In his book The Universal Christ Richard Rohr writes, “God loves things by becoming them.” Rohr explains that while we think of the Incarnation as the birth of Jesus in Bethlehem, Incarnation began with the first instant of creation when God united with God’s creatures. God’s “Let there be light” after billions of years would be articulated in Jesus Christ who claimed, “I am the Light of the world” (Jn. 8:12).
When I was a little kid, I knew God was ubiquitous (but I didn’t use that big word). I knew God was “around” and could see what I did and hear my prayers. Now decades later I try to wrap my head around God’s presence in everyone and everything. Some scientists called this the “God particle.” Rohr writes, “Long before Jesus’s personal incarnation Christ was deeply embedded in all things—as all things!” This universal presence was in Mary’s flesh giving flesh to Jesus’s flesh. Consider for a moment: At the Annunciation when Mary said her yes, the Incarnation of Genesis chapter 1 became the Incarnation story of the Gospels. The Word spoken in Genesis became flesh—the Son of God and Son of Mary. So for billions of years before this time and for billions of years after this time, we can say with Saint Paul “There is only Christ. He is everything and He is in everything” (Col. 3:11).
If everyone realized that the Christ is the shepherd and wise men of Bethlehem, the Christ is sacristan arranging the manger scene in church, the Christ is the tired clerk, the friend wrapping our gift, the one lighting the Christmas tree in the park, and the homeless person on the park bench, then that would really be putting Christ back into Christmas.
In the discussion of nature versus nurture, nurture has my vote. Christmas cards of Mary, Joseph, and the Infant Jesus indicate the artists feel the same. Certainly, Mary’s genes had much to do with Jesus’ physical appearance. But beyond that, the portrayed emotions convey nurture in the tenderness, care, and love of the parents. More frequently greeting cards with Joseph replace a rather stoic older man with a younger man sleeping peacefully after fatiguing days of travel and tension. One can imagine Joseph’s relief in finally finding a place to stay. Mary has given birth, and the guardian of the Holy Family can breathe again. No staff with lily props up the foster father. Yet the artist portrays Joseph’s attentive love even in sleep.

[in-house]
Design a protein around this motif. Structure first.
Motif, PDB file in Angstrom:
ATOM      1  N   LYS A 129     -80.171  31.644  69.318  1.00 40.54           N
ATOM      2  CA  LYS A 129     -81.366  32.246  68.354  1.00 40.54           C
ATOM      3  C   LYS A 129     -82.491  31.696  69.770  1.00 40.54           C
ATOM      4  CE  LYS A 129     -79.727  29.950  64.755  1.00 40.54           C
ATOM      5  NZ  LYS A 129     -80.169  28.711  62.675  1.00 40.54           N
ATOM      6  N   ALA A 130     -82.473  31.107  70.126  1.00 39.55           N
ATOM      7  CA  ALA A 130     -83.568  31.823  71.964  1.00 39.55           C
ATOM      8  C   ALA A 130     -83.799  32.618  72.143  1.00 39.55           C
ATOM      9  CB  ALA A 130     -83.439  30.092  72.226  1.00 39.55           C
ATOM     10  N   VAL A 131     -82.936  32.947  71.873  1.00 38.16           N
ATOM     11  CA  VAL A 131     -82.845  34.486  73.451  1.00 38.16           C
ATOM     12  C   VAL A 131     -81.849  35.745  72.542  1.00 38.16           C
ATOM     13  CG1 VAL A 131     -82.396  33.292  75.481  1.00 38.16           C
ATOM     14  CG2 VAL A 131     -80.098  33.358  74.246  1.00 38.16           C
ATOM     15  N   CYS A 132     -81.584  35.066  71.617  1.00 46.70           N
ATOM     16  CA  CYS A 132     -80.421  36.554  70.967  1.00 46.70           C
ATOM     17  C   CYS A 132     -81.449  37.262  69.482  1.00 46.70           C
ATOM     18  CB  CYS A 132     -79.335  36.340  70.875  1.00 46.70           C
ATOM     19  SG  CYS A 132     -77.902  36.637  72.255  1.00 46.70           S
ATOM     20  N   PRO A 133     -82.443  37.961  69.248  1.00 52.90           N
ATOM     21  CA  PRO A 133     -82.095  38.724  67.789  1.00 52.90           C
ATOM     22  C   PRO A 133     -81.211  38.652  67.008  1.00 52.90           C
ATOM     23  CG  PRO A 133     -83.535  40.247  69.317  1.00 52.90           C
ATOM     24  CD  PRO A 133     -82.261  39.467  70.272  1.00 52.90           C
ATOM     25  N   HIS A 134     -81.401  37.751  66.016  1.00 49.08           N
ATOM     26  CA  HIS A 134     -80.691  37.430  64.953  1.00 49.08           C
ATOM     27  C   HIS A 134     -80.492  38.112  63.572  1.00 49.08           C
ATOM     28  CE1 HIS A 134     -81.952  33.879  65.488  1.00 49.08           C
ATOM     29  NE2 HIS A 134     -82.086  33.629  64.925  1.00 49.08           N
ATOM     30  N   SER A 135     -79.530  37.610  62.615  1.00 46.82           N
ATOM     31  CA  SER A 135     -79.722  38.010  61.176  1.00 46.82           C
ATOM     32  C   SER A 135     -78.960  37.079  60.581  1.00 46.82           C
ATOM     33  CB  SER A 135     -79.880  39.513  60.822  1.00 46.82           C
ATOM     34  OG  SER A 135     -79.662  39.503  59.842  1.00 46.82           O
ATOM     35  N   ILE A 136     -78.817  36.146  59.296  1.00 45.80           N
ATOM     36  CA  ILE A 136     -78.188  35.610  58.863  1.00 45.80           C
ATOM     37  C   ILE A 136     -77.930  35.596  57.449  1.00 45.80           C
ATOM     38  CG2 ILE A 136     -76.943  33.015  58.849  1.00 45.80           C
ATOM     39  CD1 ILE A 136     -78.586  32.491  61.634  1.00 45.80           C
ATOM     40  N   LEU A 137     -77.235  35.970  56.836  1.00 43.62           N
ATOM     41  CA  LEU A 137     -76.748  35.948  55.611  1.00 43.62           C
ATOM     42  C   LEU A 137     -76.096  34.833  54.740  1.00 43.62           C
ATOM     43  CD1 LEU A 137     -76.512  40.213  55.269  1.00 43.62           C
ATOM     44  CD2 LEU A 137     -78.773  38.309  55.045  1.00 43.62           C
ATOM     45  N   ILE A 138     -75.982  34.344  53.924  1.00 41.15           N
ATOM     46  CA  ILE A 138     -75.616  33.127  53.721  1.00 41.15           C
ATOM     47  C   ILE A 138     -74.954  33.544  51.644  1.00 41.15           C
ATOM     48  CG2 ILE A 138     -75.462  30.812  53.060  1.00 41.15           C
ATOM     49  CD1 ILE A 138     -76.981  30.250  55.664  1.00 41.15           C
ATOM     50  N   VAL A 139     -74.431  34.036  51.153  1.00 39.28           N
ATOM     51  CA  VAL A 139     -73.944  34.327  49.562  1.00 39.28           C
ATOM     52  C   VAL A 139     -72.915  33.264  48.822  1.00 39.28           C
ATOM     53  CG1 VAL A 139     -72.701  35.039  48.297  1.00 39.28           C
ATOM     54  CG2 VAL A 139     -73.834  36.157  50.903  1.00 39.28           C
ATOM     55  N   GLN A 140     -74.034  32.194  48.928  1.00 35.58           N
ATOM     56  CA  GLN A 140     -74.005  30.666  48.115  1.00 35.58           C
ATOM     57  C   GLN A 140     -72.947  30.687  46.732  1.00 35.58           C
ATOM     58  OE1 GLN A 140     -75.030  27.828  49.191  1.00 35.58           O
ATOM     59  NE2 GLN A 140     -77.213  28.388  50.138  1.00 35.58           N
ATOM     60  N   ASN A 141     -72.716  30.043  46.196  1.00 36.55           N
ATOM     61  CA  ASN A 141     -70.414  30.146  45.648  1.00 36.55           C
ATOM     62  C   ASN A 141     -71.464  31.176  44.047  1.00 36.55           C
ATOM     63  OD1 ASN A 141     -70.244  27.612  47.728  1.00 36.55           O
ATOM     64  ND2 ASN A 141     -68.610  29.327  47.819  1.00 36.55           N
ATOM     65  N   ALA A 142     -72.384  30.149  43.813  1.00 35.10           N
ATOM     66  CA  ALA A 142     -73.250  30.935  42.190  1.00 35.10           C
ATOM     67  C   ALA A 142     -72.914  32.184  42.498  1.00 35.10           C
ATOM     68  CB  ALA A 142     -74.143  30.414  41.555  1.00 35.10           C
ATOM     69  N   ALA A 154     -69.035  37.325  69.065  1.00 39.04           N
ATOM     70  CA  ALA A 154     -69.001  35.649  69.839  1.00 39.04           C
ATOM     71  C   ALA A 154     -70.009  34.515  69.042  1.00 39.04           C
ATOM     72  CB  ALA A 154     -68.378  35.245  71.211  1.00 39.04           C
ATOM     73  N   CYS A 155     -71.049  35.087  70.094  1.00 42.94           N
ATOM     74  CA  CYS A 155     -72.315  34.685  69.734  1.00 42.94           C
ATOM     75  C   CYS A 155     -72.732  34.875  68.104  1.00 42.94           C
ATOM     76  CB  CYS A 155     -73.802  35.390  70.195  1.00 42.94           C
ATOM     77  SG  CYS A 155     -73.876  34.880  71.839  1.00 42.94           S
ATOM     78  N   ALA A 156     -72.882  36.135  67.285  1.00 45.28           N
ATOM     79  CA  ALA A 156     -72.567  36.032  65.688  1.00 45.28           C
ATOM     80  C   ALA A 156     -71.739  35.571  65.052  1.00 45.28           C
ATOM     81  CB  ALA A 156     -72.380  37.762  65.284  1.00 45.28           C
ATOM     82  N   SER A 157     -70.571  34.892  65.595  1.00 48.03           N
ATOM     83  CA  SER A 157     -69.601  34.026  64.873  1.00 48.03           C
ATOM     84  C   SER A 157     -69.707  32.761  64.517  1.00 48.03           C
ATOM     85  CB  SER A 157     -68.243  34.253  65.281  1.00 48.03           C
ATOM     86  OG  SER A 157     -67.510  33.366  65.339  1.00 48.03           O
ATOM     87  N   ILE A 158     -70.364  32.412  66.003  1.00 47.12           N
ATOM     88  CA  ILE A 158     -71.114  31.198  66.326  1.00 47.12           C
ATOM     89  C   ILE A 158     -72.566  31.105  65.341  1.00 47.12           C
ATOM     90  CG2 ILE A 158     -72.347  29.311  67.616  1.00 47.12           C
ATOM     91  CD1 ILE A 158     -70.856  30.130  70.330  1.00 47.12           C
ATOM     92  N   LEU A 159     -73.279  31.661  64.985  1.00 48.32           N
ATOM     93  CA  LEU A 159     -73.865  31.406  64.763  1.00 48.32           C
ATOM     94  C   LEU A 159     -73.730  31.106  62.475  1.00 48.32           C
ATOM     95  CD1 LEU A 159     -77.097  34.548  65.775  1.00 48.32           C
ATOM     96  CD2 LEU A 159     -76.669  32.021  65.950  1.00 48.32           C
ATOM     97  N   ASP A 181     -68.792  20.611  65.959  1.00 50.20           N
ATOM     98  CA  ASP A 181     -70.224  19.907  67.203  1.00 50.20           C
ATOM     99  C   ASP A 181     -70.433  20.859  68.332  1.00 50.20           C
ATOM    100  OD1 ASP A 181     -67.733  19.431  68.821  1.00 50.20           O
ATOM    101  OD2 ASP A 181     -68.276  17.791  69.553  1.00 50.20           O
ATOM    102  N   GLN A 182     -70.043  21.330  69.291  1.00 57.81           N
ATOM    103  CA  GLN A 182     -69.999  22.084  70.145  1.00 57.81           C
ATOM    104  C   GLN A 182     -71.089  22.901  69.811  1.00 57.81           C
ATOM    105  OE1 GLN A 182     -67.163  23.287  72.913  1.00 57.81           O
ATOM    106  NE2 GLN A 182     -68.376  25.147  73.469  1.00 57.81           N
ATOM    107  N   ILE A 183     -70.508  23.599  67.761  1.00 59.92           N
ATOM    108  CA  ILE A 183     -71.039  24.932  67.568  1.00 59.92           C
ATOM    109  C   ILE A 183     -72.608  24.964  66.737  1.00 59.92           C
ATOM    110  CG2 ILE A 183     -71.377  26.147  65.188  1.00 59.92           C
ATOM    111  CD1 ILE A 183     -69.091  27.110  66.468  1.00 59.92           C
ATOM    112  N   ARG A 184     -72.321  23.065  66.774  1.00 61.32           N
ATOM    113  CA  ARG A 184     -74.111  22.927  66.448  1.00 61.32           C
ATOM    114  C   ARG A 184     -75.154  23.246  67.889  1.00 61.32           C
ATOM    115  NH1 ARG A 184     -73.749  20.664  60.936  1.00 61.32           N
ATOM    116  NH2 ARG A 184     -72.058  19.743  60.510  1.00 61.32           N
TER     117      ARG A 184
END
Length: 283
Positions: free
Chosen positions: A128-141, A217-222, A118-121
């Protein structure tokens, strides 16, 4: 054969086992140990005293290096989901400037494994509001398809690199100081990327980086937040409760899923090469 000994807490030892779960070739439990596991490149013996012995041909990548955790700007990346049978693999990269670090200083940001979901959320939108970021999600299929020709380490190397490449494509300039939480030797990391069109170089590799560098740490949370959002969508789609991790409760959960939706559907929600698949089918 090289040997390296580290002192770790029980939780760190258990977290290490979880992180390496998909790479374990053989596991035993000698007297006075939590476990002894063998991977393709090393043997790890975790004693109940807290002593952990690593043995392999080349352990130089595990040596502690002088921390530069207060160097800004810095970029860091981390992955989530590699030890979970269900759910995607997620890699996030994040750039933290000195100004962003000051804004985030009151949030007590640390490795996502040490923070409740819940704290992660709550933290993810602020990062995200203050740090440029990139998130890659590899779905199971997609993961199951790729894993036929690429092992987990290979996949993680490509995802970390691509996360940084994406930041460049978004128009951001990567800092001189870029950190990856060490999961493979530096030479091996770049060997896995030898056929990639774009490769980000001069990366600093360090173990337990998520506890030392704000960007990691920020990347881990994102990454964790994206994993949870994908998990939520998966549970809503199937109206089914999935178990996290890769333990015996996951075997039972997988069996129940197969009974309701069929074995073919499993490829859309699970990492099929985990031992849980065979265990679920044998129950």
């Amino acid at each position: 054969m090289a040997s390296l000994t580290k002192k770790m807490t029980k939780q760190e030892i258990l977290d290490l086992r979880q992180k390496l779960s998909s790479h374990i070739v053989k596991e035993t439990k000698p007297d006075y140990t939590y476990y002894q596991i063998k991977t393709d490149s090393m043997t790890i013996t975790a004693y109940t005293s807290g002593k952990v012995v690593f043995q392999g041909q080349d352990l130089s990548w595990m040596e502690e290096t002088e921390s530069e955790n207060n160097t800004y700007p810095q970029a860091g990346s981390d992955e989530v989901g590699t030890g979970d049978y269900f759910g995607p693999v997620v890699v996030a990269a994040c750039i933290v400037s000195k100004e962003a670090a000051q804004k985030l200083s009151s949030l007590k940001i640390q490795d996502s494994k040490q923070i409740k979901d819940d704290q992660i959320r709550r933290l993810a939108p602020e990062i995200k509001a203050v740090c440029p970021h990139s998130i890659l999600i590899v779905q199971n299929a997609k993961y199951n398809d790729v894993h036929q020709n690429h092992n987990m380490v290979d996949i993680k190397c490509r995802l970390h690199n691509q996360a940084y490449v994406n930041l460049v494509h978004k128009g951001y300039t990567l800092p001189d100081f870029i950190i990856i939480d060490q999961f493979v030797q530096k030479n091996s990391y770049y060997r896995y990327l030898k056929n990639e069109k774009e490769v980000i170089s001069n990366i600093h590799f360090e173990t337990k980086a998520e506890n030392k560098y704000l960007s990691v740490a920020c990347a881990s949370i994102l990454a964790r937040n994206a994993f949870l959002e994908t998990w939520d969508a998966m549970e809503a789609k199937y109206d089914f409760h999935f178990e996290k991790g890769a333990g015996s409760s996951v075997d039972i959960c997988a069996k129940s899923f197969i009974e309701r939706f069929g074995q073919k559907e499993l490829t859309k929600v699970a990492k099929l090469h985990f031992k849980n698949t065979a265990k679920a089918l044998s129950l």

The love of Mary for her Child is palpable on that Hallmark card. Mary who was filled with grace and never sinned throughout the course of her young life had only purest affection for her baby. How was that pure love nurturing her Child? What was Mary’s impact on her Son who would tell of his heavenly Father’s unconditional love? What did Jesus learn from his parents’ prayer, observance of the Law, forgiveness, service, and kindness? I imagine Jesus imbibed a spirituality that formed his Sermon on the Mount, the beatitudes, his care for the blind and lame, his self-sacrifice to the point of death.
Albert Einstein said, “There are only two ways to live your life. One is as though nothing is a miracle. The other is as though everything is a miracle.” Now that’s genius! The holiday season is a time for miracles. Make a miracle happen at least once a day. (Might make a good Advent practice.) Surprise someone with Christmas cookies, offer free childcare, offer to store someone else’s Christmas presents and wrap them, take someone who doesn’t drive to a concert or play, include in your Christmas cards a note about how much the recipient means to you, offer to clean a teacher’s classroom on the last day of school, shovel the next-door neighbor’s sidewalk or driveway, get involved in a community or parish project. While performing such an activity, pray for the recipient(s). That will make each act a double miracle.
A bumper sticker reads “If you want justice, work for it. Anyone can honk.” In the past few years, many more of our Sisters are involved with social justice issues. The range of involvement extends from educating ourselves on issues and -isms to contributing to worthy causes. Our Sisters make sandwiches and deliver them to the homeless, write congresspersons and go to the border. Our work in education gives primacy to schools in the central city. Some tutor and teach English as a second language. In other ways, Sisters give power to the powerless, voice to the voiceless. While not every sister has the ability or time to devote to social justice issues, our Liturgy of the Hours (Morning and Evening Prayer) has daily petitions under the umbrella of justice: care for the environment, just legislation, food security, protection, care for babies and children, peace, and more. Whatever path to justice we choose in prayer or in action, we “should do all things in the name of Jesus” (Sister Maria Aloysia, July 13, 1881).
Harry S. Truman claimed: “There is enough in the world for everyone to have plenty to live on happily and to be at peace with his neighbors.” As Christmas approaches, numerous organizations, schools, and towns collect toys, clothes, and food. Gifts for the less fortunate fill semis, overflow collection areas, and fill car trunks in amazing abundance, proving that there is enough when we are willing to share. It’s in the sharing that we can be at peace with ourselves and with our neighbors.